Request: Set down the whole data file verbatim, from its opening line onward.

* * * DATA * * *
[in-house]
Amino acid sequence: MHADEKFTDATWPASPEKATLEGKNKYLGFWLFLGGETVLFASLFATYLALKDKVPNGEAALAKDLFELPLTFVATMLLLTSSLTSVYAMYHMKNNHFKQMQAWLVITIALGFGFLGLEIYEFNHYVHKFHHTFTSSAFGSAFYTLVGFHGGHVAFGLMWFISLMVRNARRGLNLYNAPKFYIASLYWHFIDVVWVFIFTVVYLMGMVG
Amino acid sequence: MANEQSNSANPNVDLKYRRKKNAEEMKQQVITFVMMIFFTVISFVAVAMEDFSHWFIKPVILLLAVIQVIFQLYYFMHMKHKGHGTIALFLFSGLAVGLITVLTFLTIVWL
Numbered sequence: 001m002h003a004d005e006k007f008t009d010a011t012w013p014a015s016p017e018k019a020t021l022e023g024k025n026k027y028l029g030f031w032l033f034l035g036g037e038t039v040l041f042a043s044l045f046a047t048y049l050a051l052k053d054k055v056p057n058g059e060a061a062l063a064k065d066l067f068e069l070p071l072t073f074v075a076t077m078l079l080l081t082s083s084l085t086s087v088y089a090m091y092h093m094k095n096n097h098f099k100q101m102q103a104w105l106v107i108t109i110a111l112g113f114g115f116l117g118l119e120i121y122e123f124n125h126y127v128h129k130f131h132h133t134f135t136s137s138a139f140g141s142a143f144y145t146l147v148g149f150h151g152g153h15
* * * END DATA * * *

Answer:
[in-house]
Amino acid sequence: MHADEKFTDATWPASPEKATLEGKNKYLGFWLFLGGETVLFASLFATYLALKDKVPNGEAALAKDLFELPLTFVATMLLLTSSLTSVYAMYHMKNNHFKQMQAWLVITIALGFGFLGLEIYEFNHYVHKFHHTFTSSAFGSAFYTLVGFHGGHVAFGLMWFISLMVRNARRGLNLYNAPKFYIASLYWHFIDVVWVFIFTVVYLMGMVG
Amino acid sequence: MANEQSNSANPNVDLKYRRKKNAEEMKQQVITFVMMIFFTVISFVAVAMEDFSHWFIKPVILLLAVIQVIFQLYYFMHMKHKGHGTIALFLFSGLAVGLITVLTFLTIVWL
Numbered sequence: 001m002h003a004d005e006k007f008t009d010a011t012w013p014a015s016p017e018k019a020t021l022e023g024k025n026k027y028l029g030f031w032l033f034l035g036g037e038t039v040l041f042a043s044l045f046a047t048y049l050a051l052k053d054k055v056p057n058g059e060a061a062l063a064k065d066l067f068e069l070p071l072t073f074v075a076t077m078l079l080l081t082s083s084l085t086s087v088y089a090m091y092h093m094k095n096n097h098f099k100q101m102q103a104w105l106v107i108t109i110a111l112g113f114g115f116l117g118l119e120i121y122e123f124n125h126y127v128h129k130f131h132h133t134f135t136s137s138a139f140g141s142a143f144y145t146l147v148g149f150h151g152g153h15